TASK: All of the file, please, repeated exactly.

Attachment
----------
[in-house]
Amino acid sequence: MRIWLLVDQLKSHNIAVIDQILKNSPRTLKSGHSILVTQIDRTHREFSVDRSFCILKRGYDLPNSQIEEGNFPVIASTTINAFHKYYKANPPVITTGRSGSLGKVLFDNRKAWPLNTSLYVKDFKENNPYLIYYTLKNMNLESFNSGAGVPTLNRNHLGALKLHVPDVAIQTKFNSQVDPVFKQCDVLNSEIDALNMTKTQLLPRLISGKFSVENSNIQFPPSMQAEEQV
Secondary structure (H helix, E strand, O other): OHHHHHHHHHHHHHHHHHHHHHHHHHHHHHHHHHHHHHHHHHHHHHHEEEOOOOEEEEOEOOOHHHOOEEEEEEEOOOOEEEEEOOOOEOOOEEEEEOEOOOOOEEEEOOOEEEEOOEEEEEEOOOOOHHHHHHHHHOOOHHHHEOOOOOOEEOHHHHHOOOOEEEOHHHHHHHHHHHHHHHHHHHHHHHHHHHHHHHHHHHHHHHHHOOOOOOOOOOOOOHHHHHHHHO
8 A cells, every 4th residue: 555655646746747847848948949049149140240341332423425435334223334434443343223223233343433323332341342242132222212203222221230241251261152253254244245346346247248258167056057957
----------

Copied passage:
[in-house]
Amino acid sequence: MRIWLLVDQLKSHNIAVIDQILKNSPRTLKSGHSILVTQIDRTHREFSVDRSFCILKRGYDLPNSQIEEGNFPVIASTTINAFHKYYKANPPVITTGRSGSLGKVLFDNRKAWPLNTSLYVKDFKENNPYLIYYTLKNMNLESFNSGAGVPTLNRNHLGALKLHVPDVAIQTKFNSQVDPVFKQCDVLNSEIDALNMTKTQLLPRLISGKFSVENSNIQFPPSMQAEEQV
Secondary structure (H helix, E strand, O other): OHHHHHHHHHHHHHHHHHHHHHHHHHHHHHHHHHHHHHHHHHHHHHHEEEOOOOEEEEOEOOOHHHOOEEEEEEEOOOOEEEEEOOOOEOOOEEEEEOEOOOOOEEEEOOOEEEEOOEEEEEEOOOOOHHHHHHHHHOOOHHHHEOOOOOOEEOHHHHHOOOOEEEOHHHHHHHHHHHHHHHHHHHHHHHHHHHHHHHHHHHHHHHHHOOOOOOOOOOOOOHHHHHHHHO
8 A cells, every 4th residue: 555655646746747847848948949049149140240341332423425435334223334434443343223223233343433323332341342242132222212203222221230241251261152253254244245346346247248258167056057957